An optimistic, social 3-year-old in 1960s Grand Rapids
Hardships are the best teachers
I grew up well below the poverty line in 1960s/70s Michigan, my siblings and I raised by a single Japanese immigrant mom who worked her butt off six days a week in a beauty salon. Somehow, through long hours on her feet and constant self-sacrifice, she put food on the table and miraculously also put us through college, music lessons and extra-curricular activities. Stunningly, she did all that charging $5 a haircut. From my mom, I learned self-reliance: to work hard and play fairly. To seek out the facts, the science, and the truth for myself. To ignore the haters. And above all — to be grateful for what I have.
I grew up listening to my dad’s parents telling me stories of our ancestors: the heritage of Scottish clan chieftains, the hard work of Swiss farmers, and the bravery of the Mayflower Pilgrims. I sat fascinated by stories about my ancestors, their ideals and their challenges. From my grandparents, I learned the importance of the social compact. That we always helped the less privileged. That action always beats talk. That racism and sexism were absolutely unwelcome. And that the best education was to see the world as much of the world as possible.
I’m not always successful, and I still have a lot to learn — nevertheless I believe in these ideals and try to live up to them every single day.
Privilege means an obligation to give back
My career has been one of exploration. I started writing code for a produce trucking company, and I ended up designing software for General Motors, Ford, and GTE. In 1990, bored with straight-up code, I leveraged my creative side and jumped into digital marketing — before anyone called it that. Throughout the 90s and 2000s, my teams and I launched the first websites, webcasts, content management systems, and social media efforts for the Fortune 500. And I had the chance to present to Mattel’s Jill Barad, Ford’s Jac Nasser, and GE’s Jack Welch.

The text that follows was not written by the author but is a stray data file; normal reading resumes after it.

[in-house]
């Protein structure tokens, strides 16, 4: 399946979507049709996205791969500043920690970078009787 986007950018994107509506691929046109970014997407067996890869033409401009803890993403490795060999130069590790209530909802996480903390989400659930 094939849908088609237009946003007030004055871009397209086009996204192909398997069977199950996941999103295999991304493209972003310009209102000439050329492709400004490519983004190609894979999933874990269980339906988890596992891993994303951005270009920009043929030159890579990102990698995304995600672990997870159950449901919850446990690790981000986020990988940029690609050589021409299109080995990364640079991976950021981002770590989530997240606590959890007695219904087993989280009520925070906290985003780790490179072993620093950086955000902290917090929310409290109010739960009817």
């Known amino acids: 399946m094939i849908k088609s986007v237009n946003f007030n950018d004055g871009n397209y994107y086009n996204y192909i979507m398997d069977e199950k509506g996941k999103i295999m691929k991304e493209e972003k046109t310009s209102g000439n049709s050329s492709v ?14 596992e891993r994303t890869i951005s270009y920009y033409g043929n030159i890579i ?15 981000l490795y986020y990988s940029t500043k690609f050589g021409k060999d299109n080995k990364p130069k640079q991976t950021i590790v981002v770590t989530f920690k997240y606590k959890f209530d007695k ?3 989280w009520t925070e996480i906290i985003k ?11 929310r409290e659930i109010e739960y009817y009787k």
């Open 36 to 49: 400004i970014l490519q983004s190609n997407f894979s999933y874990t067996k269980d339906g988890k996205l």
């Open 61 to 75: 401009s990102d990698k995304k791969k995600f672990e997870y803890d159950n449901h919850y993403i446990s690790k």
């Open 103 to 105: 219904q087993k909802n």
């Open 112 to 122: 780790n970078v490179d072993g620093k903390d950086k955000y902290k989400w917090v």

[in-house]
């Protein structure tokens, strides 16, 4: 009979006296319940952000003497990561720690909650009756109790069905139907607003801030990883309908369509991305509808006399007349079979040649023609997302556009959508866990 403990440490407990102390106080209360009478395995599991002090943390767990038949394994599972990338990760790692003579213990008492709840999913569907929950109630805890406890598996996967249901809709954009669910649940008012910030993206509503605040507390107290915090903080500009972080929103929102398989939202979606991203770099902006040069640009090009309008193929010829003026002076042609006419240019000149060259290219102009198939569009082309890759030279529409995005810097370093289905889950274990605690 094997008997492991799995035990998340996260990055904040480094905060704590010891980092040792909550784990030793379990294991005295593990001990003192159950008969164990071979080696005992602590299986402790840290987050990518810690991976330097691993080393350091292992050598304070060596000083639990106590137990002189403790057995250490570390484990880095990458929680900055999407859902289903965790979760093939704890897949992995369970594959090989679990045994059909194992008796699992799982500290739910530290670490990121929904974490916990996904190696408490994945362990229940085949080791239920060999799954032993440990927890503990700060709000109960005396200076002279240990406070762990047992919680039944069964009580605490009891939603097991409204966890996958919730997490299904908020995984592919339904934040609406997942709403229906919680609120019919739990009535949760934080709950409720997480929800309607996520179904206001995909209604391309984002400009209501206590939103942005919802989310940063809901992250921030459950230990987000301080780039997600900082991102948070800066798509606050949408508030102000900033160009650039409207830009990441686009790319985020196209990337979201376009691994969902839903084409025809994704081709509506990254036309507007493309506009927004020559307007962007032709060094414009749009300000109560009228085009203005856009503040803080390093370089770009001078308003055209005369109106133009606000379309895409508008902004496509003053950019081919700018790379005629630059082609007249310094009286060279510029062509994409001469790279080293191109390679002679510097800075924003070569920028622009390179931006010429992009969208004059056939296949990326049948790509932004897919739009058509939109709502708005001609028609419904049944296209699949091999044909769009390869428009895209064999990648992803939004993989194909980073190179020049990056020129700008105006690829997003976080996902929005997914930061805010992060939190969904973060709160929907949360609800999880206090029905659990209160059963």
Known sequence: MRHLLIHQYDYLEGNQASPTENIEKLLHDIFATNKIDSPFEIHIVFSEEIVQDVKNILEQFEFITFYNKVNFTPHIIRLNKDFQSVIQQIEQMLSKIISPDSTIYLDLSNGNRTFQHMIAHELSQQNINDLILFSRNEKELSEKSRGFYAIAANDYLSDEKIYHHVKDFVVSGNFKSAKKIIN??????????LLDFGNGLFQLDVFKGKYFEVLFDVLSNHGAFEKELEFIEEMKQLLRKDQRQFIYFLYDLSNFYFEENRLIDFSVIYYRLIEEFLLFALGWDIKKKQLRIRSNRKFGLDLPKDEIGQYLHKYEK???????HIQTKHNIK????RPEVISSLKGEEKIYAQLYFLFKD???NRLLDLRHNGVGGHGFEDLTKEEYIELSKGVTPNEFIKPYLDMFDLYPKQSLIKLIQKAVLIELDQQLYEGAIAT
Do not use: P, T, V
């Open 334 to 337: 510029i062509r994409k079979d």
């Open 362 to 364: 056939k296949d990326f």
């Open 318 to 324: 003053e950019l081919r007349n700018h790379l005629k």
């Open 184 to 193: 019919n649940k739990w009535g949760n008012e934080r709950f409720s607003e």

Those innocent days of the 80s and 90s are gone and the stakes for us as a society have never been higher. Misinformation, social inequities, and terrible behaviors are rampant, and I can no longer stand back and do nothing without doing something to help.
These days my focus is on the food industry. My goal: to use my knowledge of IoT technologies, blockchain and predictive AI to reduce the criminal amount of food waste that occurs worldwide, and to help reduce the ethical and commercial inequities between mammoth mega-corporations like the ones I used to work for, and the small farmers, packers and producers just trying to survive the 2020s.
If you have shared values, I’d love to connect with you on LinkedIn. Find me here.
As a client who worked closely with Eric for more than a year, I would entrust him with any large Marketing project – not just Social. Eric is one of the smartest people I’ve ever worked with – an absolute leader in the digital space, a true expert in Social and an all-around great guy. From the beginning of our engagement, he was a partner in the truest sense – engrossing himself in our business and ultimately becoming more knowledgeable about the inner workings of our organization than many of us were. He is more than capable of developing complex strategies but doesn’t shy away from then determining the necessary tactical pieces to execute it. The work that he did pushed us further into the forefront in Social and I can’t begin to express the disappointment we all felt when he left for a new opportunity. I look forward to the day that we get to work together again and will remain envious of all his other clients until then.